Open main menu

SetupEdit

If you have not already, you'll need to configure a Redis instance and install a Redis client library for PHP. Most environments require the phpredis PHP extension. On Debian / Ubuntu, you can install the requirements with the following command:

apt-get install redis-server php-redis

In your "LocalSettings.php" file, set:

$wgObjectCaches['redis'] = [
    'class'                => 'RedisBagOStuff',
    'servers'              => [ '127.0.0.1:6379' ],
    // 'connectTimeout'    => 1,
    // 'persistent'        => false,
    // 'password'          => 'secret',
    // 'automaticFailOver' => true,
];
Parameters explained
  • servers: An array of server names. A server name may be a hostname, a hostname/port combination or the absolute path of a UNIX socket. If a hostname is specified but no port, the standard port number 6379 will be used. Arrays keys can be used to specify the tag to hash on in place of the host/port. Required.
  • connectTimeout: The timeout for new connections, in seconds. Optional, default is 1 second.
  • persistent: Set this to true to allow connections to persist across multiple web requests. False by default.
  • password: The authentication password, will be sent to Redis in clear text. Optional, if it is unspecified, no AUTH command will be sent.
  • automaticFailover: If this is false, then each key will be mapped to a single server, and if that server is down, any requests for that key will fail. If this is true, a connection failure will cause the client to immediately try the next server in the list (as determined by a consistent hashing algorithm). True by default. This has the potential to create consistency issues if a server is slow enough to flap, for example if it is in swap death. True by default.

You will now be able to acquire a Redis object cache object via wfGetCache( 'redis' ). If you'd like to use Redis as the default cache for various data, you may set any of the following configuration options:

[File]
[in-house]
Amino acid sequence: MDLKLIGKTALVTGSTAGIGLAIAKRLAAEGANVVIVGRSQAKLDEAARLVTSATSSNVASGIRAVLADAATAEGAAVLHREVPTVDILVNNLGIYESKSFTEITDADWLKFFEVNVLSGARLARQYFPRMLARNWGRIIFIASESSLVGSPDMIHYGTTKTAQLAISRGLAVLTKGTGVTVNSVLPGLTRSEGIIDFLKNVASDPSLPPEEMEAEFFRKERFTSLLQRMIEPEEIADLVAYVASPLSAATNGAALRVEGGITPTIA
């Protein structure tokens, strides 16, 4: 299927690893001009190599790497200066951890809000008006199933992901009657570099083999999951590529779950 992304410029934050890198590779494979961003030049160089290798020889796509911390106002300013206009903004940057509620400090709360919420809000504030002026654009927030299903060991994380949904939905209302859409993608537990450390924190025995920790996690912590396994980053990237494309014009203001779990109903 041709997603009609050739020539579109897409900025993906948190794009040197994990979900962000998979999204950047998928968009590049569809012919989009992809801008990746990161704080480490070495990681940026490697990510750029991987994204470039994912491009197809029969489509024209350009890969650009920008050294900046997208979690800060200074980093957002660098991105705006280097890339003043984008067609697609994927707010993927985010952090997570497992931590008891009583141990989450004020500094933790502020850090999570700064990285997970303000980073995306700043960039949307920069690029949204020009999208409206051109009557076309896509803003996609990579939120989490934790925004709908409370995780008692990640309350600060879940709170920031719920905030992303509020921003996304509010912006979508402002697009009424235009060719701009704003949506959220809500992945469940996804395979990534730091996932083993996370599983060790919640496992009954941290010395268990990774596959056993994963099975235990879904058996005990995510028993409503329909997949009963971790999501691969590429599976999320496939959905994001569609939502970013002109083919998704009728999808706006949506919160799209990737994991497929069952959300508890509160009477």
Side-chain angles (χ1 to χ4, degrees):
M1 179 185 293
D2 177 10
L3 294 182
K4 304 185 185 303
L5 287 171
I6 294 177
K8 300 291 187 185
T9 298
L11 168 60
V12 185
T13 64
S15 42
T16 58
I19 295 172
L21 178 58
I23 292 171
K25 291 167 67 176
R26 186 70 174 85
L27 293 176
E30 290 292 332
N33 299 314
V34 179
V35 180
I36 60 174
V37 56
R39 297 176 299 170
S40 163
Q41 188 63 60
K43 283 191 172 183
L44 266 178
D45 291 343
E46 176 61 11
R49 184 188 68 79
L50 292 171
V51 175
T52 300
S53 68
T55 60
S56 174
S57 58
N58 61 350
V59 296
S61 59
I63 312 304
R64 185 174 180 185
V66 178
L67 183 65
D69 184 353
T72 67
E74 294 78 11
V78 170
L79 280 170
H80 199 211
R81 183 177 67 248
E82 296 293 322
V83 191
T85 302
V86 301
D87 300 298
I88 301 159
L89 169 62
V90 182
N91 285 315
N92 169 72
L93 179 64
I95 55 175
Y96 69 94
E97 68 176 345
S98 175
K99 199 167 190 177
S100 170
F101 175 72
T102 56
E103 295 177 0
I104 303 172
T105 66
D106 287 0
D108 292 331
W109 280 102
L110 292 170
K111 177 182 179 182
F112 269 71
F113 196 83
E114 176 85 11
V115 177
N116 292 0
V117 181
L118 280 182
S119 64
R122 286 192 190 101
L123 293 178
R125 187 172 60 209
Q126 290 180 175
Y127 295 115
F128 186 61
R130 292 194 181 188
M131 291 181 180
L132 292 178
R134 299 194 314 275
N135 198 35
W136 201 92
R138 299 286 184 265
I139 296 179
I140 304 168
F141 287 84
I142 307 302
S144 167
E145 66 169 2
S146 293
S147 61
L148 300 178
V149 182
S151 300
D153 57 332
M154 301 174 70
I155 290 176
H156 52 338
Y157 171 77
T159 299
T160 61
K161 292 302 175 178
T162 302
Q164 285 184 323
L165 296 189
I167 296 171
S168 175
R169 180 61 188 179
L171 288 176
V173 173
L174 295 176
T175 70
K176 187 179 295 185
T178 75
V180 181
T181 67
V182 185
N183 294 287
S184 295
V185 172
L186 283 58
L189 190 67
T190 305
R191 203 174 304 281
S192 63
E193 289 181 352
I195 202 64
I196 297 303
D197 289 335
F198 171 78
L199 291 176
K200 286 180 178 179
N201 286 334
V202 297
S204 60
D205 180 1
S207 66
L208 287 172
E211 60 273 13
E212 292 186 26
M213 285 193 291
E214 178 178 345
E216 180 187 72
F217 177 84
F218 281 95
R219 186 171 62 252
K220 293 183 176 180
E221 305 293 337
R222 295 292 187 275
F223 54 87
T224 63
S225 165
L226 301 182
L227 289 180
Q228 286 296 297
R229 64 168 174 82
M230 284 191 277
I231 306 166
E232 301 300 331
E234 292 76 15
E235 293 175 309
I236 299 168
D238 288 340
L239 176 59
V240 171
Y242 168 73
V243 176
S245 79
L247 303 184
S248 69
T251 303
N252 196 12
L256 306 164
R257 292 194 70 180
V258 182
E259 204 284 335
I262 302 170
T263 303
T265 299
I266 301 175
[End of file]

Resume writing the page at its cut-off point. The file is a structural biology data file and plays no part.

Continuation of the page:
$wgMainCacheType = 'redis';
$wgSessionCacheType = 'redis';

// Not widely tested
$wgMessageCacheType = 'redis';
$wgParserCacheType = 'redis';
$wgLanguageConverterCacheType = 'redis';

Job queueEdit

$wgJobTypeConf['default'] = [
    'class'          => 'JobQueueRedis',
    'redisServer'    => '127.0.0.1:6379',
    'redisConfig'    => [],
    'claimTTL'       => 3600,
    'daemonized'     => true
 ];
Parameters explained
  • redisConfig: An array of parameters to RedisConnectionPool::__construct(). Note that the serializer option is ignored as "none" is always used. If the same Redis server is used as for $wgObjectCaches, the Redis password needs to be set here as well (see $wgObjectCaches config above).
  • redisServer: A hostname/port combination or the absolute path of a UNIX socket. If a hostname is specified but no port, the standard port number 6379 will be used. Required.
  • compression: The type of compression to use; one of (none,gzip).
  • daemonized: Set to true if the redisJobRunnerService runs in the background. This will disable job recycling/undelaying from the MediaWiki side to avoid redundance and out-of-sync configuration.

From that moment, jobs will be delivered to the Redis instance run the specified server.

MediaWiki & Wikimedia use cases for RedisEdit

Session storage
The Wikimedia Foundation has been using Redis as a memcached replacement for session storage since the eqiad switchover in January 2013, because it has a replication feature which can be used to synchronise data between the two data centres. It allowed us to switch from Tampa to Ashburn without logging everyone out.
Job queue
We previously stored the MW job queue in MySQL. This gave us lots of useful features, like replication and indexing for duplicate removal, but it has often been hard to manage the performance implications of the high insert rate. Among its many features, Redis embeds a Lua interpreter on the server side. The new Redis job queue class provides a rich feature set superior to the MySQL job queue, mainly through several server-side Lua scripts which provide high-level job queue functions. Redis is also used to keep a hash table that tracks which job queues actually have jobs, so runners know where to look. Updates to this table are push-based, so it is always up-to-date.
Features
Extension:GettingStarted's early implementation of a category-based recommender system has used Redis to store a list of tasks (actually page ids) served via a few interfaces.

Further readingEdit

GeneralEdit

AnalyticsEdit

ToolingEdit

Informed OpinionsEdit

MiscellaneousEdit